All money raised by UNICEF and Glasgow 2014 through the Opening Ceremony will go to UNICEF’s Children of the Commonwealth Fund and  will help protect children from poverty, disease and exploitation, provide life-saving food and vaccines, and give millions of children the chance to take part in sport – many for the first time.


Human rights under the spotlight ahead of the Games

Human rights experts will join athletes, media and spectators in Glasgow today in advance of the Commonwealth Games.

Five days before start of the competition, and on the eve of Glasgow Pride, activists from around the world are joining with academics attending the ‘LGBTI Human Rights in the Commonwealth’ conference, which opens today at the University of Glasgow.

Currently, 42 out of 53 states in the Commonwealth criminalise same-sex sexual behaviour between adults. The recent Anti-Homosexuality Act in Uganda has extended and intensified such criminalisation, and a Supreme Court ruling in India has dashed hopes of decriminalisation.

The one-day event will discuss the human rights of lesbian, gay, bisexual, transgender and intersex people in the Commonwealth.

The conference aims to create a focus for lesbian, gay, bisexual, trans and intersex (LGBTI) human rights discussions in the run up to the Commonwealth Games and provide a space to share ideas, practice and campaigns, engaging participants in global human rights issues and ensuring the visibility of Commonwealth LGBTI people and culture.

The conference will feature three keynote speakers:

  • Fiona Hyslop MSP – Scottish Government Cabinet Secretary for Culture and External Affairs.
  • Frank Mugisha – Executive Director, Sexual Minorities Uganda (SMUG).
  • Purna Sen – Former Head of Human Rights at the Commonwealth Secretariat and current Chair of Kaleidoscope Trust.

Dr Matthew Waites, Senior Lecturer in the Glasgow Human Rights Network at the University of Glasgow, said: “The primary reason for the criminalisation that we see in Commonwealth nations today is the British Empire, which historically outlawed same-sex sexual acts around the world.

“We are interested in promoting self-conscious recognition of the historical responsibility of British imperialism for the criminalisation of relationships that exists today.  From that starting point we can then discuss our revulsion at recent renewals and extensions of colonial criminalisation and how to address these inequalities.

Dr Purna Sen, Chair of Kaleidoscope and former Head of Human Rights at the Commonwealth Secretariat, who is one of the opening keynote speakers at the conference, said: “Across the Commonwealth lesbian, gay, bisexual and trans people are denied equal access to rights, education, employment, housing and healthcare, often on the basis of laws that date back to the British Empire. While it is important to note the colonial origins of much homophobic legislation, Commonwealth nations and the Commonwealth itself must do much more to uphold the values of anti-discrimination set out in the Commonwealth Charter.”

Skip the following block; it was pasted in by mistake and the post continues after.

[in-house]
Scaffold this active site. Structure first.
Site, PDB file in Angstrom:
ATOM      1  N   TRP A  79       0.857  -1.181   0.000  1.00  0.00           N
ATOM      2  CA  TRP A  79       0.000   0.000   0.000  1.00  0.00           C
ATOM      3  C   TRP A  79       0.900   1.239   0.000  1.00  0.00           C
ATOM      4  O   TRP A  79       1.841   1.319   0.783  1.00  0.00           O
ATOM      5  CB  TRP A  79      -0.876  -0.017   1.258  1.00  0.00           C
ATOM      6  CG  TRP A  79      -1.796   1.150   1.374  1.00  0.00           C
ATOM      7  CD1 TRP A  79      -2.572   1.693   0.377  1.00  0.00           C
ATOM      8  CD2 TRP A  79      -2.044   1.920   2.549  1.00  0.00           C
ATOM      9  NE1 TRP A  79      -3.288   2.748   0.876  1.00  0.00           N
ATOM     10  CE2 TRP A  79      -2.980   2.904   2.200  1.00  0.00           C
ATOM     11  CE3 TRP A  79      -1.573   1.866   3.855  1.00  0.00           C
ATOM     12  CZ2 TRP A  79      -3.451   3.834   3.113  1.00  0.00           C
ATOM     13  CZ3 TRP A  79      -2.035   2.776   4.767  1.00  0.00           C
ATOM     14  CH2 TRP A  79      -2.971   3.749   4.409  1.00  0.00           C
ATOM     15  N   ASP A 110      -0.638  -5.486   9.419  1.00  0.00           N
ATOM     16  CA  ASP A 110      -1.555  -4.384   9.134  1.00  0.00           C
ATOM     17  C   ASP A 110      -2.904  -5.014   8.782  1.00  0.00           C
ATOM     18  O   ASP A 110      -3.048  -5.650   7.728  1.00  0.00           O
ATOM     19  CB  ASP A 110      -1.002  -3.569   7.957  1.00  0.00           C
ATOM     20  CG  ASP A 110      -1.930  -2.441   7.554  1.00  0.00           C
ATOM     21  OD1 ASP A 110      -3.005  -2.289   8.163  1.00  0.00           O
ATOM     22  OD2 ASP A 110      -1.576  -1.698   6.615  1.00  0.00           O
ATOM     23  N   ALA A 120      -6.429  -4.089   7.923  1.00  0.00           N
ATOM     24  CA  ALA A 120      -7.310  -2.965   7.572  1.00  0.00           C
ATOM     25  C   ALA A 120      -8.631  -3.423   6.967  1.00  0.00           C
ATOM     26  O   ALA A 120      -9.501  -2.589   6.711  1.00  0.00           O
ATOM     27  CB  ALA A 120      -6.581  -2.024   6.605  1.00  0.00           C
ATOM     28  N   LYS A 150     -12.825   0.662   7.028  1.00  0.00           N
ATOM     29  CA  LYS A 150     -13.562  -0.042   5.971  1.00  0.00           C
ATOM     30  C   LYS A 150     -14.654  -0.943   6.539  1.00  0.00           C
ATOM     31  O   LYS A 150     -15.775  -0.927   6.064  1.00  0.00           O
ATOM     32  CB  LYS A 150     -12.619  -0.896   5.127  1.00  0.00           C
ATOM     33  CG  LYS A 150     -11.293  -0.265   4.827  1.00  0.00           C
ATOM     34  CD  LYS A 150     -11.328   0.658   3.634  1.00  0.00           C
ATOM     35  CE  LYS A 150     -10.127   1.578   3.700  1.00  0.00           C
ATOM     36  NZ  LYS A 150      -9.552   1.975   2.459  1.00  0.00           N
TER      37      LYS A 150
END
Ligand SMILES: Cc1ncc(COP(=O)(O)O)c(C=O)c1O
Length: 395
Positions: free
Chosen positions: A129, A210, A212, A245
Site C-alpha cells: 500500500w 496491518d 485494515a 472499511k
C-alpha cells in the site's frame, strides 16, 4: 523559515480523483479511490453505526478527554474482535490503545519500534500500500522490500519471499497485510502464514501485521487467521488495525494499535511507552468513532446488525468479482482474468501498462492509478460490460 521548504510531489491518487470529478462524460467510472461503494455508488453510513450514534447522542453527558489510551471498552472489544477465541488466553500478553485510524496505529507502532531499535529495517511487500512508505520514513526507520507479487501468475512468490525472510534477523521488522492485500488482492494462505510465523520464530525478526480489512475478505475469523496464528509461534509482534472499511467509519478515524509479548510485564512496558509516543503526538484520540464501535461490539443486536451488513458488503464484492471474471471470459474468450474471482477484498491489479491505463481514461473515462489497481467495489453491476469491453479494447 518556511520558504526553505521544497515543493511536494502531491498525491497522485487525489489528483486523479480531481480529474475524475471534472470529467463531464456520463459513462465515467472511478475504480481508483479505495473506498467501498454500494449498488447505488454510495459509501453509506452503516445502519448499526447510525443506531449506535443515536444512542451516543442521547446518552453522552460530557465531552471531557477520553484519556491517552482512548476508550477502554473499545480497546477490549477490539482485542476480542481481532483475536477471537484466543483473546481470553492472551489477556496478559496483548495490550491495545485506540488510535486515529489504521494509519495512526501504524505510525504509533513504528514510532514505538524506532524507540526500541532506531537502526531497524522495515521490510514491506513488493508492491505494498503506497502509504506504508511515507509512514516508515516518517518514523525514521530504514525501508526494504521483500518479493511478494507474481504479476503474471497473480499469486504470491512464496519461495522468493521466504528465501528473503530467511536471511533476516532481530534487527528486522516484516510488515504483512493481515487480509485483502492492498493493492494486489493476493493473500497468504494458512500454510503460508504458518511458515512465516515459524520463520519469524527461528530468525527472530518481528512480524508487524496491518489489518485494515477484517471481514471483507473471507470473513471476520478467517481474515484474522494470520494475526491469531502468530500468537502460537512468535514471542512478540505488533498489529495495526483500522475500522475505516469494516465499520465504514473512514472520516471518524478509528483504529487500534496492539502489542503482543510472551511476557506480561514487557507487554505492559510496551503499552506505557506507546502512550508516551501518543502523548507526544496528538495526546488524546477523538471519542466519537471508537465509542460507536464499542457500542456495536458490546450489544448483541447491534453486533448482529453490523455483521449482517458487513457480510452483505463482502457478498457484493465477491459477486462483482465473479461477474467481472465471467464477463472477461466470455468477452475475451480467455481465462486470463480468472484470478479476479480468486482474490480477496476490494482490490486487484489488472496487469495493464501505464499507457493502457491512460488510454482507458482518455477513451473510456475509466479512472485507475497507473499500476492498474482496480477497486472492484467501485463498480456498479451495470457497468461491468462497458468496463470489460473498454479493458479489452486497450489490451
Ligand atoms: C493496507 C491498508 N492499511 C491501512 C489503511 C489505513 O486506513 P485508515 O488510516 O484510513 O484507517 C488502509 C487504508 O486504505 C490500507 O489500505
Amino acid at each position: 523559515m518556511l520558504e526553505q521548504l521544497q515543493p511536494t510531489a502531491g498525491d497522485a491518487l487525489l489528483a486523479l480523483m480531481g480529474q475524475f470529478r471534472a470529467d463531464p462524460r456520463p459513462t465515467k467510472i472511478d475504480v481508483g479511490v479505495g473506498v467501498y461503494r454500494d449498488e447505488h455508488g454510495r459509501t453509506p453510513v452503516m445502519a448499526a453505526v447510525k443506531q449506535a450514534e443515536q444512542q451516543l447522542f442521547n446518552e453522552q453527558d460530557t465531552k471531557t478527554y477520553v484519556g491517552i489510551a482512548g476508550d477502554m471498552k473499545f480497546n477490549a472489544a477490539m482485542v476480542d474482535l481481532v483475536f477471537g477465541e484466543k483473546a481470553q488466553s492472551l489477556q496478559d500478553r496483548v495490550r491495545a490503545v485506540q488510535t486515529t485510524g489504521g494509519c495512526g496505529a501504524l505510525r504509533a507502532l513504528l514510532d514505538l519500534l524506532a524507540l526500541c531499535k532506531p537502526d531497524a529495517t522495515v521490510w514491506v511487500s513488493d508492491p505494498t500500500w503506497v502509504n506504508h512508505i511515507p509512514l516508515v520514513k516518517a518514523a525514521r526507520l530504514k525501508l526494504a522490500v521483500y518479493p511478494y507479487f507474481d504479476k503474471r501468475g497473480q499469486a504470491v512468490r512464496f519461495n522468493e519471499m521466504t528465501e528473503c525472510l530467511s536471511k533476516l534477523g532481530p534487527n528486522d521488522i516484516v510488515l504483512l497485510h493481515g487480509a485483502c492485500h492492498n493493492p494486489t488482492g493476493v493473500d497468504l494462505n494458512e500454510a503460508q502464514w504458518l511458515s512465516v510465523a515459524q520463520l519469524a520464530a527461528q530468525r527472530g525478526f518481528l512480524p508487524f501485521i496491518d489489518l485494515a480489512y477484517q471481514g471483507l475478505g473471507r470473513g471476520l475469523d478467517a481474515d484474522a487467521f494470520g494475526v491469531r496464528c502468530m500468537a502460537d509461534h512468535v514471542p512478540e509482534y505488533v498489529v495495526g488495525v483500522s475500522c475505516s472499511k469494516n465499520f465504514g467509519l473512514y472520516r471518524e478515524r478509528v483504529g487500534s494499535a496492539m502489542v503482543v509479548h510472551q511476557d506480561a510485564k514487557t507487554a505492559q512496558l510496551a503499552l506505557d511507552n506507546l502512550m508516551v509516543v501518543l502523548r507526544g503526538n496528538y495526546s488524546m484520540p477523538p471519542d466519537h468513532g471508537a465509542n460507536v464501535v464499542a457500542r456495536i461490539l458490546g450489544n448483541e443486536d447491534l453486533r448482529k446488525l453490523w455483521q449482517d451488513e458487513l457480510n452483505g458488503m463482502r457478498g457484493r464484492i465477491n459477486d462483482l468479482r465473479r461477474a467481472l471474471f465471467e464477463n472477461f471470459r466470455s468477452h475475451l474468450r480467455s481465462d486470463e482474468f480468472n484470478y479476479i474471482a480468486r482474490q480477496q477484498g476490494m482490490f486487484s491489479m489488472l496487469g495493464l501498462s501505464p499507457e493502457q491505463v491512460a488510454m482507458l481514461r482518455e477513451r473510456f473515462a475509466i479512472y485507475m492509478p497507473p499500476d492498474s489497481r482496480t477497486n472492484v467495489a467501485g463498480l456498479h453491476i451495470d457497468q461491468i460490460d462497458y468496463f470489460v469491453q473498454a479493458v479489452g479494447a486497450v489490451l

The conference has been initiated and led by Equality Network, Scotland’s LGBTI organisation for equality and human rights, in partnership with Glasgow Human Rights Network at University of Glasgow, and with Kaleidoscope Trust and Pride Glasgow.

Fiona Hyslop MSP, Cabinet Secretary for Culture and External Affairs, will be representing the Scottish Government as the opening speaker. Professor Anton Muscatelli, Principal and Vice-Chancellor of the University of Glasgow, will be greeting her with other speakers including Frank Mugisha and Purna Sen, Chair of Kaleidoscope.   Further speakers will include Patrick Harvie MSP, and Monica Tabengwa of Human Rights Watch.

Commonwealth Games app launched to boost fitness levels

media_266160_enWith just a month to go until the opening ceremony of the XX Commonwealth Games in Glasgow, smartphone owners are being given the opportunity to boost their fitness and learn more about the host city.

An award-winning app, officially launched today by the Universities of Glasgow and Strathclyde with support from Commonwealth Games competitors, allows users to compete with others around the world to increase their physical activity and test their knowledge of Glasgow before, during and after the Games.